- Popular Science
In the pulp magazines and comics of the 1950s, it was predicted that the future would be one of gleaming utopias, with flying cars, jetpacks, and robotic personal assistants. Obviously, things didn’t turn out that way. But the world we do have is actually more fantastic than the most outlandish predictions of the science fiction of the mid-20th century. The World Wide Web, pocket-sized computers, mobile phones and MRI machines have changed the world in unimagined ways. In The Amazing Story of Quantum Mechanics, James Kakalios uses examples from comics and magazines to explain how breakthroughs in quantum mechanics led to such technologies.
The book begins with an overview of speculative science fiction, beginning with Jules Verne and progressing through the space adventure comic books of the 1950s. Using the example of Dr. Manhattan from the graphic novel and film 'Watchmen', Kakalios explains the fundamentals of quantum mechanics, and describes nuclear energy via the hilarious portrayals of radioactivity and its effects in the movies and comic books of the 1950s. Finally, he shows how future breakthroughs will make possible ever more advanced medical diagnostic devices – and perhaps even power stations on the moon that can beam their power to earth.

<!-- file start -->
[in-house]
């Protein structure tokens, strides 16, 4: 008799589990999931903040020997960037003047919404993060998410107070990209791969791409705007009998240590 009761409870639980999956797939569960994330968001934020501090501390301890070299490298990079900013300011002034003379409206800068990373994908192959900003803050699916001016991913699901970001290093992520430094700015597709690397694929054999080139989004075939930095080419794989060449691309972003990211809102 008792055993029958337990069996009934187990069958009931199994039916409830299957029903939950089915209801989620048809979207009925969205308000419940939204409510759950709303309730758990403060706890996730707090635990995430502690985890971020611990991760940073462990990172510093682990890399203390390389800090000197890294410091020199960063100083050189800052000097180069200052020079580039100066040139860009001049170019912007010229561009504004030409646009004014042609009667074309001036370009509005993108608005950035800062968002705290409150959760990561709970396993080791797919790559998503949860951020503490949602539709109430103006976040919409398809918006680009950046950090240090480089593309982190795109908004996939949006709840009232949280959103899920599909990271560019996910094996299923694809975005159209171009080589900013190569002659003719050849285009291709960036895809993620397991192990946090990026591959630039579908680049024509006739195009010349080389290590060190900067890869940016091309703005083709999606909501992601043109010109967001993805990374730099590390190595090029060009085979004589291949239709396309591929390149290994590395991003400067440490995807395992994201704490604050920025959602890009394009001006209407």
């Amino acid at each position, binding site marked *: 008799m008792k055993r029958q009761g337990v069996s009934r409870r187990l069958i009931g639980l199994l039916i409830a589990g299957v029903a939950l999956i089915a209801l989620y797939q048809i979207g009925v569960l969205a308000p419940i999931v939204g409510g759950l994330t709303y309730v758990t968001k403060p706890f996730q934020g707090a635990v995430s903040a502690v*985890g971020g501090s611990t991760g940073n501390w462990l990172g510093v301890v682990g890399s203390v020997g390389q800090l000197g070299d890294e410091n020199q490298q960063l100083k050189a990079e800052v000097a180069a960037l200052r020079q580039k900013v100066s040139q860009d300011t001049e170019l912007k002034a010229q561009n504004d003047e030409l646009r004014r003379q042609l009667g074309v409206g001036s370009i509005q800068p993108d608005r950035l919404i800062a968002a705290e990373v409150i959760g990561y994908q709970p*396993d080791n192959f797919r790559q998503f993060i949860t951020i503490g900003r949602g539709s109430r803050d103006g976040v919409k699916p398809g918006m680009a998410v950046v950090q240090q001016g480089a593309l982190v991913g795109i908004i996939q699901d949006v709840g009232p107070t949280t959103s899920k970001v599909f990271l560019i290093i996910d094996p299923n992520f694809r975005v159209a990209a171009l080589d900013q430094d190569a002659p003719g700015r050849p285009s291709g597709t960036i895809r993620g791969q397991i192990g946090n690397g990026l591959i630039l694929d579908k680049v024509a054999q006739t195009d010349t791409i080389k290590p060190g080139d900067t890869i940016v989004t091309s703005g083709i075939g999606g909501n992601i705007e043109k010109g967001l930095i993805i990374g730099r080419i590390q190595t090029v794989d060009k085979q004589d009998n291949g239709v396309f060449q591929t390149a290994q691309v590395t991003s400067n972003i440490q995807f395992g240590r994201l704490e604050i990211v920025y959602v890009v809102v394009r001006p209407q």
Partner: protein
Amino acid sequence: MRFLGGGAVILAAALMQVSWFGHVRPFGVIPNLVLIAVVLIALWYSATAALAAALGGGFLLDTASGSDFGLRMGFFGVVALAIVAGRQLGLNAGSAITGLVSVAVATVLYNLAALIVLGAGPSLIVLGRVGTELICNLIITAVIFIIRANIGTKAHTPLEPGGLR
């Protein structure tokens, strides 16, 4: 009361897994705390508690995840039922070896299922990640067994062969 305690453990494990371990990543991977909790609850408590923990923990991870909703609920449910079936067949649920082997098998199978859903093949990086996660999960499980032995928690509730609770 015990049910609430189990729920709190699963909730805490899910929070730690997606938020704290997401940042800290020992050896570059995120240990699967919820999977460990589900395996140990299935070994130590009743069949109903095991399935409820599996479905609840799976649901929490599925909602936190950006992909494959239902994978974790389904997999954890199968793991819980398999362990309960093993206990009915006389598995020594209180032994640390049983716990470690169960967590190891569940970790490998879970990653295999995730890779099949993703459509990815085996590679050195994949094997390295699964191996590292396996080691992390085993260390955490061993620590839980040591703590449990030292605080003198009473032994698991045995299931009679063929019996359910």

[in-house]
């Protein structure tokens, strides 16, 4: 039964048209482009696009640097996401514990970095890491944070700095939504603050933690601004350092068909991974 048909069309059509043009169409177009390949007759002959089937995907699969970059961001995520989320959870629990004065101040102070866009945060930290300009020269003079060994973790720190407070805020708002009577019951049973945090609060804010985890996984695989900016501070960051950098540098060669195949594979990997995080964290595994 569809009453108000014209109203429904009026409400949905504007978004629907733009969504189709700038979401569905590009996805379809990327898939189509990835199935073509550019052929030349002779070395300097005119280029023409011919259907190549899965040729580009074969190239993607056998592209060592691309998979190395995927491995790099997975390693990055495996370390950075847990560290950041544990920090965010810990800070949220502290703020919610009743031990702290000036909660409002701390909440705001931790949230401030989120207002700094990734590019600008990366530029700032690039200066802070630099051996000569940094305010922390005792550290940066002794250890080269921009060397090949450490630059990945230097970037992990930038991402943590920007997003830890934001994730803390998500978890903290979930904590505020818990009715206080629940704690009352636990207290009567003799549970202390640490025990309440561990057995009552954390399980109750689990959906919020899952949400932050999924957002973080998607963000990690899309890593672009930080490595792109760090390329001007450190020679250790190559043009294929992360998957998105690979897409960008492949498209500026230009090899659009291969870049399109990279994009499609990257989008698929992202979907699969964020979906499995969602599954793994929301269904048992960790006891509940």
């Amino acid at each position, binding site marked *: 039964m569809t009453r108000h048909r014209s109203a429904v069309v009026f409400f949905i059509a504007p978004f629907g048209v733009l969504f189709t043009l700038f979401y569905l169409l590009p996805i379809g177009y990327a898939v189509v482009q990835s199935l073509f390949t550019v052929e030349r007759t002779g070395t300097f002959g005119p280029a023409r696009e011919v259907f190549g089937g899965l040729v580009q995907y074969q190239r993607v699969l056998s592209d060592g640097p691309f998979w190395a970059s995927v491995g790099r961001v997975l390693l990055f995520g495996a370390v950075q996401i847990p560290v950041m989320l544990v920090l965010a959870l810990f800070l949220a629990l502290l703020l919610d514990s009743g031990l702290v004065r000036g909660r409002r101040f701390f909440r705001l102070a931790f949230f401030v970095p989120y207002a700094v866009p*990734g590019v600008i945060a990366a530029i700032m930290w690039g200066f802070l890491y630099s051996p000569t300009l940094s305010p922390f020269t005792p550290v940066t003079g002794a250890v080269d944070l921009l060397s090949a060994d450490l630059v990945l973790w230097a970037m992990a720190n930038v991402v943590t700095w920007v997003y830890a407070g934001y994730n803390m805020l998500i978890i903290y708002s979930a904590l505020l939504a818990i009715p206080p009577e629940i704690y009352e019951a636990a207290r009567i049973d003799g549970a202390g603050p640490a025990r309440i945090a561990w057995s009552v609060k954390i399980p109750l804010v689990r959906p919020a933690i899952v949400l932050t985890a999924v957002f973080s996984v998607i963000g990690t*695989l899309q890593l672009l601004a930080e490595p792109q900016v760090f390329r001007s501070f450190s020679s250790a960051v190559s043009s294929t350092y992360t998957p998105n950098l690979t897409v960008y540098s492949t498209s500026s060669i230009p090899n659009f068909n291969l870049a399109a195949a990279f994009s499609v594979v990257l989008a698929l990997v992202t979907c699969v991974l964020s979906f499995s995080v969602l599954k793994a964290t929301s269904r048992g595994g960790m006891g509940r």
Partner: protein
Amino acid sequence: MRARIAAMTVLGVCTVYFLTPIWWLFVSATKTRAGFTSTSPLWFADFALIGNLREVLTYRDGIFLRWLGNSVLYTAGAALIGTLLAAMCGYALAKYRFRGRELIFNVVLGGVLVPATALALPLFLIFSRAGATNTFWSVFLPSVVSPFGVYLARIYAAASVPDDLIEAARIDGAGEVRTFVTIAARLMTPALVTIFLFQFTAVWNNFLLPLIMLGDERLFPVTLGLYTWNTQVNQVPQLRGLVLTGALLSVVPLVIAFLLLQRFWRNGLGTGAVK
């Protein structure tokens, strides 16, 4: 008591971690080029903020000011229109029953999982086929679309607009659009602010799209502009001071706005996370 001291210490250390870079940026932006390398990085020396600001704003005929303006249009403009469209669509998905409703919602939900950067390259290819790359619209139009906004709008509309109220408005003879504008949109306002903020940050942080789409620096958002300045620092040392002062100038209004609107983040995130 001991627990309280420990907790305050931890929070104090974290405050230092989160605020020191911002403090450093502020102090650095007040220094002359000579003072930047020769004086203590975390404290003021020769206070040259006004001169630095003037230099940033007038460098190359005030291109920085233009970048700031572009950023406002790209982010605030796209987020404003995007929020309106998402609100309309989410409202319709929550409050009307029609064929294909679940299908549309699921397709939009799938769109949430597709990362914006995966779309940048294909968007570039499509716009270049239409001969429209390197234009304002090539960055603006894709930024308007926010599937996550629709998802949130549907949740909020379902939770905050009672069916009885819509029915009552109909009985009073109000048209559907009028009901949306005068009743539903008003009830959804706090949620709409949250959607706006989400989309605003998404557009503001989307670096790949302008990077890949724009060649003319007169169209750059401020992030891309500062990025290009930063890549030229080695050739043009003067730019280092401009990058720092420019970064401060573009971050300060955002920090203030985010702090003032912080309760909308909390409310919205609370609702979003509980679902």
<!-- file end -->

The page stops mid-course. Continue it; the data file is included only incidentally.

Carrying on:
‘Kakalio’s style [is] not only entertaining and deeply engaging, but it also allows him to repeatedly emphasise an important point: predicting the future is difficult...This book will no doubt enlighten the general reader and also provide an ideal companion to science students' BBC Focus
‘Highly readable’ New Scientist